What are the symptoms of Hepatitis B?
Some people may only have a mild illness and feel they are not ill enough to see a doctor. There are many general symptoms, some of which may be confused with flu.
A few people develop a serious illness and need to be looked after in hospital. More severe symptoms may include:
- bowel motions may become pale
- urine may turn dark
- jaundice (a condition in which the whites of the eyes go yellow and in more severe cases the skin also turns yellow)
If you are worried that you may need a test for hepatitis B, download our factsheet: testing for viral hepatitis.
Treatment for Hepatitis B
People with the acute phase of hepatitis B, do not require treatment. For the majority of people, the symptoms resolve and the person can ‘clear’ the infection, usually within six months, meaning they are no longer infectious; their blood will always show the hepatitis B antibodies but they should never be infected again (they are considered ‘immune’).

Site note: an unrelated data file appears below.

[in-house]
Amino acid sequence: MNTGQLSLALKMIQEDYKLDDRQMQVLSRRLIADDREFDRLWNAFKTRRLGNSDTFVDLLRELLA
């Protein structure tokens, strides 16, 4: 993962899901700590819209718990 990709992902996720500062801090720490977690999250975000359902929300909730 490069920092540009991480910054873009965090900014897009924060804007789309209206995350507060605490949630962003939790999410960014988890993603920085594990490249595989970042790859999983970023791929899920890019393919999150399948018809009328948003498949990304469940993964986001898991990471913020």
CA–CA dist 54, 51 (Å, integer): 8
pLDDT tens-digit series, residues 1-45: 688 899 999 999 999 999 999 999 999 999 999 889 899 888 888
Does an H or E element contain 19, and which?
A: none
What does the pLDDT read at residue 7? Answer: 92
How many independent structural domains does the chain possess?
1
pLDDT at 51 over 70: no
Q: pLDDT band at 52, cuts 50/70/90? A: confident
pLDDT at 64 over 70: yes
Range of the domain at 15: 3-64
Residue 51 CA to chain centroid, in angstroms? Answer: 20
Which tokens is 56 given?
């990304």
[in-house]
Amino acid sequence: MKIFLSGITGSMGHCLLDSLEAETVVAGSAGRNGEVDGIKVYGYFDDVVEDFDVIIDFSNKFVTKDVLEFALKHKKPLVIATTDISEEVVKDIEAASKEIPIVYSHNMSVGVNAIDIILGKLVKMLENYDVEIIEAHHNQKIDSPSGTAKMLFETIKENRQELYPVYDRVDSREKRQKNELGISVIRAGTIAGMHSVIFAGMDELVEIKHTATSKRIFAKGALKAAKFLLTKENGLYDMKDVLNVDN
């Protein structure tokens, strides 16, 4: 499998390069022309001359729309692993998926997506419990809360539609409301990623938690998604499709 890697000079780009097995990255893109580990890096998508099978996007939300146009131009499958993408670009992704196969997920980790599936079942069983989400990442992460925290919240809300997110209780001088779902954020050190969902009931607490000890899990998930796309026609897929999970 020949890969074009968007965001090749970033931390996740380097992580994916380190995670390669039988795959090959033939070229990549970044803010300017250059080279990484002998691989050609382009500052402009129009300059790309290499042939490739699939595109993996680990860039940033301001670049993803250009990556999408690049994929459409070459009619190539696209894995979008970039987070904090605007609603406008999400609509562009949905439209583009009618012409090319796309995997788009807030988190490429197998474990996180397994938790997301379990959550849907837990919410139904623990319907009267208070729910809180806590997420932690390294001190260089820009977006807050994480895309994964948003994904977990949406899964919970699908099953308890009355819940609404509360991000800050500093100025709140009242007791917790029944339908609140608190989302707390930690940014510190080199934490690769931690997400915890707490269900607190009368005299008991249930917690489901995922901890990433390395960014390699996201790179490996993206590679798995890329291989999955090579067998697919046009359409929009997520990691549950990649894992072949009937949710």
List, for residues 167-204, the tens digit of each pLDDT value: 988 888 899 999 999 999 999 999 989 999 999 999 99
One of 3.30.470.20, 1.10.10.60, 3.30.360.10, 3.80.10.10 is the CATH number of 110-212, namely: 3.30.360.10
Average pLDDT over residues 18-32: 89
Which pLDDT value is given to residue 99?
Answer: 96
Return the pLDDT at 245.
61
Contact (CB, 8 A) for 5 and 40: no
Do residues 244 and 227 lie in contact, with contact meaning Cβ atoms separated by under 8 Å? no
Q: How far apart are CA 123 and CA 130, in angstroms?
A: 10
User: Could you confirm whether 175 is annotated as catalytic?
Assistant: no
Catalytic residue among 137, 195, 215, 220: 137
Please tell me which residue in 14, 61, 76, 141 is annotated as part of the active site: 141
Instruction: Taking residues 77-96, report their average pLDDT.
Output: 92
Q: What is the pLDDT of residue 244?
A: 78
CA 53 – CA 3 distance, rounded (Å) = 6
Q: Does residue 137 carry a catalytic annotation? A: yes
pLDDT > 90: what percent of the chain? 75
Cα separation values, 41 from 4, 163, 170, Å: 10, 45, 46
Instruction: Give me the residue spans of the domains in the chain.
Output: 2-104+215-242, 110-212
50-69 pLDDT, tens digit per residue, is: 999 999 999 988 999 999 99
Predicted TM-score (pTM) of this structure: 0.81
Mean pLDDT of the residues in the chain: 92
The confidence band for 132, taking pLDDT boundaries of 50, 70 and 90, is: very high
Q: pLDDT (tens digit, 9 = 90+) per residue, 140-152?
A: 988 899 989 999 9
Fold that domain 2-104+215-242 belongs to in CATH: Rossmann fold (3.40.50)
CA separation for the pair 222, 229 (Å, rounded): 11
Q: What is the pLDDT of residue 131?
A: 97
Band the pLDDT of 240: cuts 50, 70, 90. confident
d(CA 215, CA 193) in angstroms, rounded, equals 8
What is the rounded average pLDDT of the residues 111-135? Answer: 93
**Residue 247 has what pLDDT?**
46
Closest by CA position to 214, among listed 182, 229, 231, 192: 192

Long term infection is chronic hepatitis B which often requires treatment to stop or reduce the activity of the virus from damaging the liver, by limiting the replication (reproduction) of the virus. Not everyone will require treatment straight away. If you have low levels of the virus in your blood (a low viral load) and there is little sign of liver damage, it is likely that regular monitoring will be recommended and treatment started only if there are signs of disease progression.
The British Liver Trust responds to consultations across the UK from a range public bodies and organisations such as the Department of Health, NICE and the NHS.
Recent responses include:
- April 2019: Response to Department of Health and Social Care Consultation on restricting promotions of products high in fat, sugar and salt by location and by price from British Liver Trust (link to attached doc)
Please visit the support section of our website for information on Support groups in your area.
Call our helpline or visit our online forum.Visit